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This page describes the importance and benefits of food irradiation.
On this page:
Food irradiation is a food safety technology that eliminates pathogens, including disease-causing germs, from foods. Like pasteurization of milk, and pressure cooking of canned foods, treating food with ionizing radiation kills bacteria and parasites that would otherwise cause food-borne diseases, a world-wide concern. For example, the food that NASA astronauts eat is sterilized by irradiation to avoid the possibility of food-borne illness in space.
RememberFood irradiation does not make food radioactive.
According to the U.S. Department of Health and Human Services’ Center for Disease Control and Prevention (CDC), studies clearly show that, when done correctly, food irradiation provides a number of benefits:
- reduces or eliminates disease-causing pathogens
- does not make food radioactive
- does not change the nutritional value of the food.
However, food irradiation does not eliminate all food dangers and does create some problems:
- It does not inactivate dangerous toxins which have already been produced by bacteria prior to irradiation. In some cases, such as C. botulism, it is the toxin produced by the bacteria, rather than the bacteria itself, which poses the health hazard.
- It does not prevent the aging of the fruit and vegetables that can lower their nutritional value, taste and flavors. Irradiating fruit and vegetables to extend their shelf life can make “old” food look “fresh”.
- Irradiation also unavoidably kills off bacteria that produce the smells that warn you when food is going "bad."
- Irradiated food does not meet the definition of organic.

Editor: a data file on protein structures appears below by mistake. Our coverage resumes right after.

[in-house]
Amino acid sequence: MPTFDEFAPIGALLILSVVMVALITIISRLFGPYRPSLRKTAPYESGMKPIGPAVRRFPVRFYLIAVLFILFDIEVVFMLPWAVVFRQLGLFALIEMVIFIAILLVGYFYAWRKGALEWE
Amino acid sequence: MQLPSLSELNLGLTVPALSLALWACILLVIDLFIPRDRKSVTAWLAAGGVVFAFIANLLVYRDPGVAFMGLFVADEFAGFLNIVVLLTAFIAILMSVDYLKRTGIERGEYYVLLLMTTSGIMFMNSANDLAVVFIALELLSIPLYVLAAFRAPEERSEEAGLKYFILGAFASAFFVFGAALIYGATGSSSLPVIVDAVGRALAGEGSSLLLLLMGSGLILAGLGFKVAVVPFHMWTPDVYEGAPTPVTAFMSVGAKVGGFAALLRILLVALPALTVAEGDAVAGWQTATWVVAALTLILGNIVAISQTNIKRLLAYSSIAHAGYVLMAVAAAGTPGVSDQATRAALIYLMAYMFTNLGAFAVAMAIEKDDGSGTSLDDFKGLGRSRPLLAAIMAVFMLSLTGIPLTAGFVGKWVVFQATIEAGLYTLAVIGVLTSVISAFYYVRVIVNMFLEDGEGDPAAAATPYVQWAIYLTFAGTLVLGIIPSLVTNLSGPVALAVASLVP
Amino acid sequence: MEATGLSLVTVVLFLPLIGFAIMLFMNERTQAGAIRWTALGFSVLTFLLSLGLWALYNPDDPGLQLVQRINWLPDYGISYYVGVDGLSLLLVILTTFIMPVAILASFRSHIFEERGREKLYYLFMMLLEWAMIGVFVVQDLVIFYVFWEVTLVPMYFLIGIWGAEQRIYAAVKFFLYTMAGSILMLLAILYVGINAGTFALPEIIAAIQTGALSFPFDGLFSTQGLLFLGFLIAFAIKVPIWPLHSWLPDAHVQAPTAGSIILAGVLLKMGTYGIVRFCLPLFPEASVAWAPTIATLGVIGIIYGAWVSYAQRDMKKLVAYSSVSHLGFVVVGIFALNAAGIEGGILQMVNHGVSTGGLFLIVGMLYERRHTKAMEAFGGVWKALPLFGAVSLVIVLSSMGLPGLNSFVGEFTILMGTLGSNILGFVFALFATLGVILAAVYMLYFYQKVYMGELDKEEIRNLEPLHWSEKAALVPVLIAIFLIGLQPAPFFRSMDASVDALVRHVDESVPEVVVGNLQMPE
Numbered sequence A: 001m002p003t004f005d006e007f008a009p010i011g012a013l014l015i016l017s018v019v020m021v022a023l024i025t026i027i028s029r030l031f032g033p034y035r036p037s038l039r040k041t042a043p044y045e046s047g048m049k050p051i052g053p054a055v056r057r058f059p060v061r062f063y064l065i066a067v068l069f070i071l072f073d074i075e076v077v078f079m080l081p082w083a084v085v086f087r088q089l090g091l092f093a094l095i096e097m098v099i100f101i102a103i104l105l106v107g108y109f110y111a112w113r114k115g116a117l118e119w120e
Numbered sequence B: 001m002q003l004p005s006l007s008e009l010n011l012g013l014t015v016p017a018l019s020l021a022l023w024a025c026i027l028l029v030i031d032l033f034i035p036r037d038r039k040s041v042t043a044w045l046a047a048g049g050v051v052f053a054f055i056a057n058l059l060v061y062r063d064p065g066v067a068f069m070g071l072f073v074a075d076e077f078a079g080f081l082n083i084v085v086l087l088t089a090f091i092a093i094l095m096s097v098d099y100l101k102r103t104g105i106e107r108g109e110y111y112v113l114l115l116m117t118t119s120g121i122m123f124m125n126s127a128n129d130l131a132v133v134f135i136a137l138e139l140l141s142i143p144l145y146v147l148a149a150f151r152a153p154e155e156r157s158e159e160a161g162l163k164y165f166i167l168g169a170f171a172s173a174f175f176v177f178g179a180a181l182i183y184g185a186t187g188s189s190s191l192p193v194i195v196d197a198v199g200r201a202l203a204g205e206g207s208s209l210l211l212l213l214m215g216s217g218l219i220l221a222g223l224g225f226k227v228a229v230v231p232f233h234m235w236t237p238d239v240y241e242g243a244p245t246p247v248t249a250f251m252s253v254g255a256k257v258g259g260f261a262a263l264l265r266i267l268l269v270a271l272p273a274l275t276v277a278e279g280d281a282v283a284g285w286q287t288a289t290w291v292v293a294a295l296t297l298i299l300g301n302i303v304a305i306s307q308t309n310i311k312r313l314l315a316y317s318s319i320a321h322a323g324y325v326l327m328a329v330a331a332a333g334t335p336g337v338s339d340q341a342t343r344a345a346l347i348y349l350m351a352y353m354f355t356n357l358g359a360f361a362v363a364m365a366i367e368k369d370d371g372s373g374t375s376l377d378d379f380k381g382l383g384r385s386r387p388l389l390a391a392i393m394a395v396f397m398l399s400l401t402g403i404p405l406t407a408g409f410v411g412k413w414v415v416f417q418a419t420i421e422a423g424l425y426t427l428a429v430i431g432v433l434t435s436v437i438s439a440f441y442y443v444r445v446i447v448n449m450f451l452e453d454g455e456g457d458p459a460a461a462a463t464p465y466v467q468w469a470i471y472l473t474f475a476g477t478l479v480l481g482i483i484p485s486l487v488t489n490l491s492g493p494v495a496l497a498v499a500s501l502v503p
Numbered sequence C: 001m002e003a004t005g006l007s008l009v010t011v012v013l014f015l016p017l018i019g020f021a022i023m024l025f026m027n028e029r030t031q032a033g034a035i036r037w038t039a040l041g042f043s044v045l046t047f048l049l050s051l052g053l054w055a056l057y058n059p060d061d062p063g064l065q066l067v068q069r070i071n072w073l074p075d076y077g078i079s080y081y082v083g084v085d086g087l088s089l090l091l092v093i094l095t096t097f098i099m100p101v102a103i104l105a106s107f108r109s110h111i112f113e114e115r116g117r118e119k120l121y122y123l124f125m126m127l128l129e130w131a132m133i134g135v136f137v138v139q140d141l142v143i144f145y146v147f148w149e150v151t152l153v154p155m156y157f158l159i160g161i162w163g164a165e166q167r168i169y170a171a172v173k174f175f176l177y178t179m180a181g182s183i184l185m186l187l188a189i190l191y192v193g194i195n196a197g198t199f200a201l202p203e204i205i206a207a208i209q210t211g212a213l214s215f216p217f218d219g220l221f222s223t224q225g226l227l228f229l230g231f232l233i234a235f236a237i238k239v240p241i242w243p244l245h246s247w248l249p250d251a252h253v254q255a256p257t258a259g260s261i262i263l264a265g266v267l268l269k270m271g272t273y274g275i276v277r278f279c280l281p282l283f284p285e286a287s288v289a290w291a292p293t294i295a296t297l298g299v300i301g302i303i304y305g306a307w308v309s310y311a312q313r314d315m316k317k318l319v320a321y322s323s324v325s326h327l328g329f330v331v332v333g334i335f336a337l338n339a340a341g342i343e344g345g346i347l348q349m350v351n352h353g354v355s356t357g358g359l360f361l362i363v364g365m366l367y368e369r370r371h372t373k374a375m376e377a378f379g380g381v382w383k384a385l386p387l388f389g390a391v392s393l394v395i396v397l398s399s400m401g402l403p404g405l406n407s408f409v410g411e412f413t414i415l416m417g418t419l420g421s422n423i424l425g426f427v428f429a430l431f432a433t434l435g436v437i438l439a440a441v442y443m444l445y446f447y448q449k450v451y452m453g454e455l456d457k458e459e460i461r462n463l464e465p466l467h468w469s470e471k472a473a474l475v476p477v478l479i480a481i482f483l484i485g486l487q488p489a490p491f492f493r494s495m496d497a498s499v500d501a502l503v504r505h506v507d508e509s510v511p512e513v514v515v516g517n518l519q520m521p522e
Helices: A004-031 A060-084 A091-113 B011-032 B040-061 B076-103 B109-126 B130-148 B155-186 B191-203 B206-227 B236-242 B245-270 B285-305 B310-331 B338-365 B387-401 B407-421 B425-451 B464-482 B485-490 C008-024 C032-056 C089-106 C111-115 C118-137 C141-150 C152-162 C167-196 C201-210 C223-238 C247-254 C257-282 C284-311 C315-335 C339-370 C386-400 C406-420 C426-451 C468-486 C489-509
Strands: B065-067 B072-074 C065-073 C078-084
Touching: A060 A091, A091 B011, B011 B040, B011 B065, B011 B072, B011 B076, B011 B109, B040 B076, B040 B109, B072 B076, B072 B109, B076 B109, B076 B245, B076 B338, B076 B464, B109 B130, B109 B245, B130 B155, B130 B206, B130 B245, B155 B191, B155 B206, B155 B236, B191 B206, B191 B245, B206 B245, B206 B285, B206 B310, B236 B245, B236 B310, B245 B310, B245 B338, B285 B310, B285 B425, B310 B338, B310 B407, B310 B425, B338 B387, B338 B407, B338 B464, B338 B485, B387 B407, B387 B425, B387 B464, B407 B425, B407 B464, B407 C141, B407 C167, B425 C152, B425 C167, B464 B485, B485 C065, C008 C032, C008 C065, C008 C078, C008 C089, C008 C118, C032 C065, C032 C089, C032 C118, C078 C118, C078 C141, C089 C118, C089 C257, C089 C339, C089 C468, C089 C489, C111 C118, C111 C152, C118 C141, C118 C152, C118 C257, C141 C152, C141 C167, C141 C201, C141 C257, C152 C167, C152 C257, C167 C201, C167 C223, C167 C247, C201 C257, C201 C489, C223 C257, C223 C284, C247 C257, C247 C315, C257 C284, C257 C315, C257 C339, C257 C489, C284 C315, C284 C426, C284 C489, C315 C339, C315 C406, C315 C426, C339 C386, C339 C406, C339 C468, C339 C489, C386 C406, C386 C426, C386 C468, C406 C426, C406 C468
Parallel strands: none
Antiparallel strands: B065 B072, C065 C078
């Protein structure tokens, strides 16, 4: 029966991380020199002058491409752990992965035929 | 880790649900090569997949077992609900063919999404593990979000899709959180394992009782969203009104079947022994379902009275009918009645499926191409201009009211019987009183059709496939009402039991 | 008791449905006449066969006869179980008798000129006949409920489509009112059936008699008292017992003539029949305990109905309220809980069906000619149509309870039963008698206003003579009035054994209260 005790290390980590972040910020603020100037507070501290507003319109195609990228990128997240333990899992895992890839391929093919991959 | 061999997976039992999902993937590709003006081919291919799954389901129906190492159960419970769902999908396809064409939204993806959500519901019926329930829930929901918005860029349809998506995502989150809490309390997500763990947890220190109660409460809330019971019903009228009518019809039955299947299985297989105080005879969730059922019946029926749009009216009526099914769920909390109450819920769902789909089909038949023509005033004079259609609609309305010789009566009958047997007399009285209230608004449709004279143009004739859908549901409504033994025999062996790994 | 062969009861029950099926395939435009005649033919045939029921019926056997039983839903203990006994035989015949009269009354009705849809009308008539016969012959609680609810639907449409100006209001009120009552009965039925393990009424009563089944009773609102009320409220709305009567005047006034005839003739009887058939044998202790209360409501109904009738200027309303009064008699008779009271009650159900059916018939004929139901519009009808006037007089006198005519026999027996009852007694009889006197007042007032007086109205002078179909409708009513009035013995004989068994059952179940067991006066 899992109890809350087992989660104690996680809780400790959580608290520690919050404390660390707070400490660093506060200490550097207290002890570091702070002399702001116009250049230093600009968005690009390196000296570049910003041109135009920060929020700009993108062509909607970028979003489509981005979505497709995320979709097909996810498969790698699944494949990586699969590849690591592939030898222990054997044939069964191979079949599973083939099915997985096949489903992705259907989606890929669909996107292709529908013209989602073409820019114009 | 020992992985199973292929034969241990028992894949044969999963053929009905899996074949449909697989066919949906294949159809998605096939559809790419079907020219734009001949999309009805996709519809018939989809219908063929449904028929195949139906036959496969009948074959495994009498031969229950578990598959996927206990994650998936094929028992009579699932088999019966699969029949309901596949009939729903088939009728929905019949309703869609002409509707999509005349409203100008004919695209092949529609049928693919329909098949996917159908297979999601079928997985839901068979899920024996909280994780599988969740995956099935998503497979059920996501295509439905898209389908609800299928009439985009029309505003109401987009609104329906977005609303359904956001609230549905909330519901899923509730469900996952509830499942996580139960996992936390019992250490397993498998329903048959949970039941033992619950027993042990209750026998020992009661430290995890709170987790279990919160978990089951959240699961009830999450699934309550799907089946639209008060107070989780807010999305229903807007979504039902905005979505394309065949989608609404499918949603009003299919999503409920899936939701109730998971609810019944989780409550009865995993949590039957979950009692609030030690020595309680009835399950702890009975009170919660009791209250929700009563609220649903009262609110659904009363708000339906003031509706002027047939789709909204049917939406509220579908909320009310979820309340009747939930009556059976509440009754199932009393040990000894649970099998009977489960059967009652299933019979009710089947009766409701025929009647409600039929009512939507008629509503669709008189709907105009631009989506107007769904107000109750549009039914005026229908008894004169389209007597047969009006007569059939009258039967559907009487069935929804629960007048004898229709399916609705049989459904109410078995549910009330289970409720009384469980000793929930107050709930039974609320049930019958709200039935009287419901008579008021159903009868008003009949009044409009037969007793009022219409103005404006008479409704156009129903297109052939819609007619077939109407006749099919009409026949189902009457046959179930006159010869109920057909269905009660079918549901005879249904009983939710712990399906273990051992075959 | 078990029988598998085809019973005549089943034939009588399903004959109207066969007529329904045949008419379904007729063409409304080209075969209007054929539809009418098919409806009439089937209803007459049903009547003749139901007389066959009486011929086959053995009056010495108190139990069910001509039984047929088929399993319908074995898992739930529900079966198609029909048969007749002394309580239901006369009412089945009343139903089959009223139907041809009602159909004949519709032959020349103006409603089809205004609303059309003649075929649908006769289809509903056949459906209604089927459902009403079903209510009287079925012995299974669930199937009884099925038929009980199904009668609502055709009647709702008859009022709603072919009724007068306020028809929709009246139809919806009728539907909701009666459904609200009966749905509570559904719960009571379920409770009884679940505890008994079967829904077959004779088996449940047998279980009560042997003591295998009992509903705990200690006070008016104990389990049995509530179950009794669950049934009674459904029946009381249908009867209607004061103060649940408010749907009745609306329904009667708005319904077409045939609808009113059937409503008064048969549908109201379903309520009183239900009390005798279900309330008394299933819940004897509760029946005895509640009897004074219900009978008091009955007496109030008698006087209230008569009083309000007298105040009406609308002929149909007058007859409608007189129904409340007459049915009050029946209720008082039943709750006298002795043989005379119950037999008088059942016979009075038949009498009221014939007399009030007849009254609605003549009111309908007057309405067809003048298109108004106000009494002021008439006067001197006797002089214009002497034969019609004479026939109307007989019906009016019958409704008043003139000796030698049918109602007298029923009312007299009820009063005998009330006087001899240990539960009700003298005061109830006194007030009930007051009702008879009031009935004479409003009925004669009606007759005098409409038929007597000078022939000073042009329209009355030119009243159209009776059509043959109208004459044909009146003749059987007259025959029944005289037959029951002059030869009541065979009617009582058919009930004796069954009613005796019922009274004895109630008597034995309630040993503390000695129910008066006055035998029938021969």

Three different irradiation technologies exist, each using a different kind of ray: gamma rays (from cobalt-60 sources), electron beams, and x-rays. All three methods use the same concept to accomplish food irradiation. When ionizing radiation strikes bacteria and other microbes, its high energy breaks chemical bonds in molecules that are vital for cell growth and integrity. As a result, the microbes die, or can no longer multiply causing illness or spoilage.
Who is protecting you
U.S. Food and Drug Administration (FDA), Center for Food Safety and Applied Nutrition (CFSAN)
FDA approves food irradiation techniques for a number of foods including herbs and spices, fresh fruits and vegetables, wheat, flour, pork, poultry, and red meat. FDA requires that irradiated foods bear both a logo and a statement that the food has been irradiated.
U.S. Department of Agriculture (USDA)
USDA supports FDA in promoting appropriate uses of food irradiation. USDA also sets, defines and regulates the use and meaning of "organic" on food labels (irradiated food does not meet the definition of “organic”).
What you can do to protect yourself
The safety of irradiated food has been well researched and documented to kill harmful bacteria and control food spoilage. Food irradiation does not make food radioactive. Be aware of the limits and negative effects of irradiation: it does not eliminate dangerous toxins that are already there; it masks the aging of fruits and vegetables, it kills bacteria that produce smells that warn us food is spoiling, and it disqualifies food from being labeled "organic."
June 27, 2012. U.S. Environmental Protection Agency
You can learn more about food irradiation on this web page. The page also describes the radioactive sources used in food irradiation.
|Food Irradiation - a better way to kill microbes associated with food borne illness
June 27, 2012. International Atomic Energy Agency
You can read more about food irradiation on this page.
|Food Irradiation: Questions and Answers
June 27, 2012. U.S. Department of Health and Human Services, Centers for Disease Control and Prevention
You can read answers to many questions about food irradiation on this page.
|FoodSafety.gov – Your Gateway to Federal Food Safety Information
June 27, 2012. U.S. Department of Health and Human Services
On this page, you can read about food safety and food irradiation. You also can link to federal and state food irradiation websites.